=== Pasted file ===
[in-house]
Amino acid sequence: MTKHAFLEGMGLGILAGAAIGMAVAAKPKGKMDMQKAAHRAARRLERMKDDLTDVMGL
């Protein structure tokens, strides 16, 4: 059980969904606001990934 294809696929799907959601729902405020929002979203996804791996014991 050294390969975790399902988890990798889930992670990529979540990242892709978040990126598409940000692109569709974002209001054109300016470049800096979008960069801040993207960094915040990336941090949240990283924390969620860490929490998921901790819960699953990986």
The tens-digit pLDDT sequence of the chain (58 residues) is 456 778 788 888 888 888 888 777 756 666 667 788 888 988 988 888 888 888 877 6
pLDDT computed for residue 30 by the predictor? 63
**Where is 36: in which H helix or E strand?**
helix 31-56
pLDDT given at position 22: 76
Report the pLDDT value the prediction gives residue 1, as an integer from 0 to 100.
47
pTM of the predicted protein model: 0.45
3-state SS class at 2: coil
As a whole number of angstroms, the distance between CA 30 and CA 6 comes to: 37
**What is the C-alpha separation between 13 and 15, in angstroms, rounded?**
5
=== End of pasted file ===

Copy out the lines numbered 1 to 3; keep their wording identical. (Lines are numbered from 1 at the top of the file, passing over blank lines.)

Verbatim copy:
[in-house]
Amino acid sequence: MTKHAFLEGMGLGILAGAAIGMAVAAKPKGKMDMQKAAHRAARRLERMKDDLTDVMGL
């Protein structure tokens, strides 16, 4: 059980969904606001990934 294809696929799907959601729902405020929002979203996804791996014991 050294390969975790399902988890990798889930992670990529979540990242892709978040990126598409940000692109569709974002209001054109300016470049800096979008960069801040993207960094915040990336941090949240990283924390969620860490929490998921901790819960699953990986």